till near the close of the day on the left. Col. Carr's division held the right under a galling anard the centre on the eighth. Col. and Acting Brig.-Gen. Carr is also wounded in the arm, and was une to move the more readily to the support of Col. Carr's division, which had been hotly engaged in Osterhaus's command, moved in the direction of Carr's left. I at the same time threw forward the Sious day participated in the engagement with Col. Carr's forces, and had bivouacked on the field duced a heavy fire on our right flank, forcing Col. Carr's regiment and the two batteries they were sifty-ninth Illinois. ] Fourth division. Col. Carr, commanding. First Brigade. Col. Dodge, ca good position to hold against an enemy. Col. Carr's division advanced up this road to a point then, had been our rear became our front. Colonel Carr's division was placed in the centre, occupyur heaviest loss was on the first day, with Colonel Carr's division. Our lines sustained but little[21 more...]
they left. I had intended to give you some idea of the present appearance of the town itself as left by the secession soldiery, and also some incidents of the siege and bombardment, but my letter has already reached an unconscionable length, and my time is exhausted, so I must reserve them for a future letter. I append the list of killed and wounded so far as I have been able to obtain them. The list is correct so far as it goes, and I believe it is about full. Telemaque. killed.--Capt. Carr, Tenth Illinois; privates Lewis Nine, company B, Thirty-ninth Ohio; Peter Ward, company F, Twenty-seventh Ohio; Wm. Peacock, company A, First United States infantry; John Johnson, company A, First United States infantry; Wm. McGann, company A, First United States infantry; Timothy Nelligan, company A, First United States infantry. wounded.--Corporal Chas. Laney, company A, First United States infantry; privates Michael Clark, company A, First United States infantry; Wm. Jahr, company A.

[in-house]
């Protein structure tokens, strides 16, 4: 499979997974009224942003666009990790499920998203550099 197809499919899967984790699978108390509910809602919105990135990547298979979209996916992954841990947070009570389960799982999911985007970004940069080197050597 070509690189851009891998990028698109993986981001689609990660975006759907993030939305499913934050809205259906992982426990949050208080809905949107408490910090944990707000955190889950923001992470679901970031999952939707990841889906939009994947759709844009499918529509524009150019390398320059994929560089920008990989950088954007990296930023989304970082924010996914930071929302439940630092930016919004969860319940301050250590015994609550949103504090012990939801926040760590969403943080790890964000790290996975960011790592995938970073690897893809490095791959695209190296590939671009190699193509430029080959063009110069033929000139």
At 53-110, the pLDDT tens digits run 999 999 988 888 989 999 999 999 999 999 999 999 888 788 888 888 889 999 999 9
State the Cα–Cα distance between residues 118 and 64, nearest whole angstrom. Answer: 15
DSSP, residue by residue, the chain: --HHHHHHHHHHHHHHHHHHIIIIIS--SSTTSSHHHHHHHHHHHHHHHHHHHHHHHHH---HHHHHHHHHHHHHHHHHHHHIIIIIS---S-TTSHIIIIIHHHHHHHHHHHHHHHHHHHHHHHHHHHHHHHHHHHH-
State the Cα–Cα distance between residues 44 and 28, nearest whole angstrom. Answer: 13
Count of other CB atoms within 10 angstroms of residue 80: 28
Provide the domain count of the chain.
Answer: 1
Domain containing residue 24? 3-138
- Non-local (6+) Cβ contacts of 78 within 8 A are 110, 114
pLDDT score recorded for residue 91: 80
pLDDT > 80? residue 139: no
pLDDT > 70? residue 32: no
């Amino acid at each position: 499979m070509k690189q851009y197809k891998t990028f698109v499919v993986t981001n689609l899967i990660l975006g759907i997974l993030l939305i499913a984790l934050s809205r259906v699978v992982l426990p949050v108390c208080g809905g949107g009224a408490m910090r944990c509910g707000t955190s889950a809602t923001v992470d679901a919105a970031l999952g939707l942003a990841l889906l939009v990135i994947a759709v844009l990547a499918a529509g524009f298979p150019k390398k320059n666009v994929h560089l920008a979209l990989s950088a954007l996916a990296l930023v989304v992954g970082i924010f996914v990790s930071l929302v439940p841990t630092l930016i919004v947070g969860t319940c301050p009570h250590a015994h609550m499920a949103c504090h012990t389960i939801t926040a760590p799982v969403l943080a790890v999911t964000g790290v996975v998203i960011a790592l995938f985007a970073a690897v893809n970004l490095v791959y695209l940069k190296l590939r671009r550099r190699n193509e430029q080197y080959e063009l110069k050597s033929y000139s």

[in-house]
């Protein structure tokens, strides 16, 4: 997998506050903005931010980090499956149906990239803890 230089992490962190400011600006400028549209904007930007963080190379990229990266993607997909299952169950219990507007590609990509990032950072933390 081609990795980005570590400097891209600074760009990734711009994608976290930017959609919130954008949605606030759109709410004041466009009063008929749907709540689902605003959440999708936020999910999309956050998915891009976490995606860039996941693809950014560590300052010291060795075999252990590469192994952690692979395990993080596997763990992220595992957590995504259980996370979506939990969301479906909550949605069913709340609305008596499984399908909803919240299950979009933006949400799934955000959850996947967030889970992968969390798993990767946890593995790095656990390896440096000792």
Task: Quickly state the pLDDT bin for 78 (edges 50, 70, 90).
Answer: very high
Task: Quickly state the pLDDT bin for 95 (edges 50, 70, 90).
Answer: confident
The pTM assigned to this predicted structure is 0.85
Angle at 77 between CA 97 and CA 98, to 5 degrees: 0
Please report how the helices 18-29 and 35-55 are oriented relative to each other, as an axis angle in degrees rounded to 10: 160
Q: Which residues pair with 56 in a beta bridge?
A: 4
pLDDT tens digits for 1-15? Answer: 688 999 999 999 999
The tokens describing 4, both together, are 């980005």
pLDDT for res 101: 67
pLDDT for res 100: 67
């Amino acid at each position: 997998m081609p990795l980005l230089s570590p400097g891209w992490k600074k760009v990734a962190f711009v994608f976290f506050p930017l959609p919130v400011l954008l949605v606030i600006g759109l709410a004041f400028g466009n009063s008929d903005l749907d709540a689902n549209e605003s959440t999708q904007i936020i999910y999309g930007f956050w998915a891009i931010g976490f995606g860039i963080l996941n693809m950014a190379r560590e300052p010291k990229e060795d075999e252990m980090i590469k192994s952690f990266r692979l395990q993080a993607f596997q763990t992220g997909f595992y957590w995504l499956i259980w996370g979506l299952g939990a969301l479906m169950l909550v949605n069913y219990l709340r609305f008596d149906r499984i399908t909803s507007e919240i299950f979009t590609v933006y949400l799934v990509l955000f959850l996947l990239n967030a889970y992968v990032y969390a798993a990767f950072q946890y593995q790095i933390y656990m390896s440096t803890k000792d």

brigades deployed right and left, and moved into the forest in line of battle, Grover being commander on the actual field of battle, with orders to report to Gen. Hooker, who posted himself on the edge of the timber to watch the whole line. The Nineteenth Massachusetts, Col. Hinks, (of Sumner's corps,) was thrown out in line to protect the right flank, and Kearney's division was advanced to protect the left, General Robinson's brigade joining Grover's. Hooker's Third brigade, commanded by Col. Carr, Second New-York volunteers, (not Second New-York State Militia,) was ordered to remain behind the intrenchments in support. Our force advanced cautiously, but with great difficulty, through the heavy swamps and thickets, skirmishers in front, until the rebel pickets were ousted. A brisk engagement opened immediately with their supports. They were speedily forced back, but rallied upon strong reenforcements, and the battle became general. It was impossible to distinguish anything but